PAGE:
"Jabón, por favor."
Where did you get that saying? That is a nonsensical phrase we said at a summer program I attended in 1983, I believe. I have no idea where it started from.
You won't believe this but when I was in grade school in the 60s a friend and I made up jokes with nonsensical punch-lines and then laugh real hard to sucker people into laughing with us. We found it entertaining that most were too embarrassed to admit they didn't get it. "No soap radio" was the punch line of the first one we made, which we told over and over. I'm shocked that it was perpetuated.
This "no soap, radio" thing is fascinating. An excellent study in conformity. I didn't know about it until now, and I know a few things. Thanks for alerting me to it, all.
Your story gives two excellent examples of the slipperiness of human understanding. 1) that people will laugh at something because they believe others think it is funny. 2) We often remember things in a way that puts us in a better light - see the Wikipedia article cited above for a link to a study that shows this joke was being told in the 50s.
What you say to your buddy next to you when you drop the soap in jail as opposed to bending over to pick it up yourself.
Because soap is scary, lol. Just kidding. It's probably just like how we have words with different meanings but same spellings.
(Caribe) (S. Cone) (México) (susto) fright; scare agarrarse un jabón = to get a fright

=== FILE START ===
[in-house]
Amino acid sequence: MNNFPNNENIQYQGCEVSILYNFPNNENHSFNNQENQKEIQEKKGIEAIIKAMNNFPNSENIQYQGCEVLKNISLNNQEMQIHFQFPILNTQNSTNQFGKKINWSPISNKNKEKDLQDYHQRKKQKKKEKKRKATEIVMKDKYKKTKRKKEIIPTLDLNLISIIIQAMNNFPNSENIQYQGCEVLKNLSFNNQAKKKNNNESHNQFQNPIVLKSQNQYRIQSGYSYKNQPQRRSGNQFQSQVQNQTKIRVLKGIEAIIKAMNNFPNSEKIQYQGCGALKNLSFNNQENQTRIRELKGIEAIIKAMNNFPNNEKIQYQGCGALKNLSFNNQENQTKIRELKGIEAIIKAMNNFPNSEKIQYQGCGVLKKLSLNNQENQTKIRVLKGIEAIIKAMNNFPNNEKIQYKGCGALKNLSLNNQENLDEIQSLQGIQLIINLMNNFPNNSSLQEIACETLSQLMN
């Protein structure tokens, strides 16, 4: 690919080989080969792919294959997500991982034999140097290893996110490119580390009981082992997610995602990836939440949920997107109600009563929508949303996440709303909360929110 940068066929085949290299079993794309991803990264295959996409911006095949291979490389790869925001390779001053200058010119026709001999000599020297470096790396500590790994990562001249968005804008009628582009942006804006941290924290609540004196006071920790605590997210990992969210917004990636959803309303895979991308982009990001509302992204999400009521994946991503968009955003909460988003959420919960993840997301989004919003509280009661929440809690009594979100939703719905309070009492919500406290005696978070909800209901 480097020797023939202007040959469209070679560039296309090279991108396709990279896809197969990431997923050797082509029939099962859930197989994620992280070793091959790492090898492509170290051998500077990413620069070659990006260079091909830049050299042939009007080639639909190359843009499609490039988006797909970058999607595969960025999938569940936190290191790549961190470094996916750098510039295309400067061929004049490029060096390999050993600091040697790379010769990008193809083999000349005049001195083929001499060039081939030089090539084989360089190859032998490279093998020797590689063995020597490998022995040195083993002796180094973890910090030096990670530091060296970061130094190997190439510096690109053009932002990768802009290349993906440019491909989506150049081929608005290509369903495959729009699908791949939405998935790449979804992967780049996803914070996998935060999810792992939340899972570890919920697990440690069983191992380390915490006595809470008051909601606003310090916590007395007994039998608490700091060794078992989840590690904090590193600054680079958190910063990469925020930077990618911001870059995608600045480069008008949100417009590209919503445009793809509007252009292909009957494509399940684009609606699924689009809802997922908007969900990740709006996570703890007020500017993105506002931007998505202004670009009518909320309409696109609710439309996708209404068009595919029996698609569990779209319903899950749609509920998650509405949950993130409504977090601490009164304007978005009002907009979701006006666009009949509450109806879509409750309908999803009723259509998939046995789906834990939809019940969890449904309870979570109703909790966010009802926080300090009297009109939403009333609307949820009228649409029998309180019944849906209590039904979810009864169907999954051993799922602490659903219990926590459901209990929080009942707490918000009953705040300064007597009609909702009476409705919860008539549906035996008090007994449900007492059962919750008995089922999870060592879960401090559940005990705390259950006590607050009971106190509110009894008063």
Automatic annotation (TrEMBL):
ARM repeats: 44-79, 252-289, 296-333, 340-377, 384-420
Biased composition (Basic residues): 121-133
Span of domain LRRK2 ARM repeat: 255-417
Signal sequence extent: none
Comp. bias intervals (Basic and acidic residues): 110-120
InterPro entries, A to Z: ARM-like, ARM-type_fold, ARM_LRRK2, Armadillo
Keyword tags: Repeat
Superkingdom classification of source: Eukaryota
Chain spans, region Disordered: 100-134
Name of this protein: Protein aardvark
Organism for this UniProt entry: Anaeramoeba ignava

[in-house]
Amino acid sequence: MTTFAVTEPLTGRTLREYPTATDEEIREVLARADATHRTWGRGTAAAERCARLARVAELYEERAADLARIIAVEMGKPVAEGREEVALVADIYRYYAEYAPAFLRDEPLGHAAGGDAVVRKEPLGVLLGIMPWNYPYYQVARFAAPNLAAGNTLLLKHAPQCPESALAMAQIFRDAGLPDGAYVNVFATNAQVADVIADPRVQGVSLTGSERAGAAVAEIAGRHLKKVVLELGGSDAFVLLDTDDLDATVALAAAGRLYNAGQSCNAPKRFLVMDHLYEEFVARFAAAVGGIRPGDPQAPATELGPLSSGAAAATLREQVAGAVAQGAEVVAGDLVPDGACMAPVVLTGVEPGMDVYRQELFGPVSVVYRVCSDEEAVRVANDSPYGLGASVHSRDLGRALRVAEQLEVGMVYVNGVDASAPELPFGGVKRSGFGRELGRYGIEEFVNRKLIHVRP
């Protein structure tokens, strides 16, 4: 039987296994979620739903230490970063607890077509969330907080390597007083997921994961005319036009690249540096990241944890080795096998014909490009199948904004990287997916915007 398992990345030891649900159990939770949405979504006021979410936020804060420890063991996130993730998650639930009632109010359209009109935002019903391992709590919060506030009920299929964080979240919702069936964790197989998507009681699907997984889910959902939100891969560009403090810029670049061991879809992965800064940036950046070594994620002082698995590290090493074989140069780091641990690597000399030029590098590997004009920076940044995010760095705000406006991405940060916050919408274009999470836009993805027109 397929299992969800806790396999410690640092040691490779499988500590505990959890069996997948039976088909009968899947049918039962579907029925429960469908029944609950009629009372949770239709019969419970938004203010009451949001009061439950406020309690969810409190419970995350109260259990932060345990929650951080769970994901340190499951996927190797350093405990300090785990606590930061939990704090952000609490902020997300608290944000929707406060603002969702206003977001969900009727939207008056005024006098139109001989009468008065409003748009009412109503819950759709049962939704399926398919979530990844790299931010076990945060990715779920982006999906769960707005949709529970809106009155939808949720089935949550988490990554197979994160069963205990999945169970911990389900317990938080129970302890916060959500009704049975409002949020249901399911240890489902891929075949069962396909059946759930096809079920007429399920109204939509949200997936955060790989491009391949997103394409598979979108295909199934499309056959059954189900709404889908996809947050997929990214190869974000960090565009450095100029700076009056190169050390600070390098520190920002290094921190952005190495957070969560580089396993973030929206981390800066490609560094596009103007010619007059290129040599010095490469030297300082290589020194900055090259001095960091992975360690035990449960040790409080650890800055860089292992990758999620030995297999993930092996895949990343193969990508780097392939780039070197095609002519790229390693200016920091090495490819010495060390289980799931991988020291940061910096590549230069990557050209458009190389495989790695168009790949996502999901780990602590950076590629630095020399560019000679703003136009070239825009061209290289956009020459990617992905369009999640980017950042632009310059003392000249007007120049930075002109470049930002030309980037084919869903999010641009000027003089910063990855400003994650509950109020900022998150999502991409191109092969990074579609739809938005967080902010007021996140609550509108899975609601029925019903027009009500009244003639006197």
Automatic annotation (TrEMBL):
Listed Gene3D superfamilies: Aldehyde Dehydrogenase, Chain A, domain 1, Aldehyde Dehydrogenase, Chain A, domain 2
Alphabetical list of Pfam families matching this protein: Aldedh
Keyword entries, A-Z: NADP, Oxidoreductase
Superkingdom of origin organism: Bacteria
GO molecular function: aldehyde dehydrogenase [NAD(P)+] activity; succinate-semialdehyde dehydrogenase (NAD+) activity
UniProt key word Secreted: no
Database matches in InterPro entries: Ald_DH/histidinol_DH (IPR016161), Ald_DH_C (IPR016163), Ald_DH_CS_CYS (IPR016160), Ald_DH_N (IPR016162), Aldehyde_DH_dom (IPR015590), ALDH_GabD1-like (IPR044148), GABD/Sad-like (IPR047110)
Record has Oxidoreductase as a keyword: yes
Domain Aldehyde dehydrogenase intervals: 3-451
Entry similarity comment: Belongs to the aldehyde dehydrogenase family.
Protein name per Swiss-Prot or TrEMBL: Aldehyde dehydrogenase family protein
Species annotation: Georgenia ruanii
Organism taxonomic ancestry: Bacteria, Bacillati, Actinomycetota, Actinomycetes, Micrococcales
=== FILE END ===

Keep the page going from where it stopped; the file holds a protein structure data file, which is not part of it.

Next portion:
eugene- lol maybe not a game but like when we were in school. Also when we wass a driving test, only 1 answer is correct.
Actually the list exist to help. Not challenge. Especially with regard new words. They often are the only way to learn a new word's meaning. But other wise they serve as a list of the different applications of a given word, especially the verbs, and the correct word to use may not even appear in the list. I have seen occasions when it wasn't there. But I have never seen a situation before when a shown word was totally unrelated to a peeked at word. I think "fright" has been included in error. It's like it's another DuoDingo thing, DuoLingo's evil twin brother.
It's not an error. The word "jabón" is used as a synonym for "susto(fright)" in Mexico, the Caribbean, and parts of South America.
Okay, cool. Note, as a usual peek list of nouns, and what I expect to see, for "cerdo" exists in the pull down list, pig, pork, hog. All these words validity apply to cerdo which is introduced in the last lesson in the Animals catagory. Would make no sense or be helpful at all to include some unrelated word like fireworks, or tree, or fear. Would be altogether stupid. Would be of no advantage to the students whasoever. And it is hard for me to accept the idea that fear is in the peek list in this lesson on purpose. Maybe, though, one of the editors got a screwball idea one day and proceeded to mess with people's minds. That's possible.
I have a question and really need an answer please. I know jabon means soap, but doesn't esponja mean soap as well? Very confuzzled Please help!
"Please" needs a comma before it in English in most instances.
in what case would you ask someone for the soap? I mean the only time you're using it is the sink really, and the shower, and why would you ask someone to give it to you since it's so close... and creepy too if you're asking for someone to give it to you while in the shower
When you are purchasing soap at a large grocery store with an unfamiliar layout.
I would ask "where is the soap?" in this case To say "A soap please is just odd.
I needed it to ask for more soap at a hotel. The maid in the hallway only spoke spanish.
I have a question that might not make sense to some. Why do the words "por favor" mean please when "por"means on/about and 'favor" means favor?
I said it exactly right, but the microphone obviously didn't pick up the first word (it was still in black). We need an option for reporting this problem, as it has happened to me several times. I sit very close to my microphone, so that's not the problem.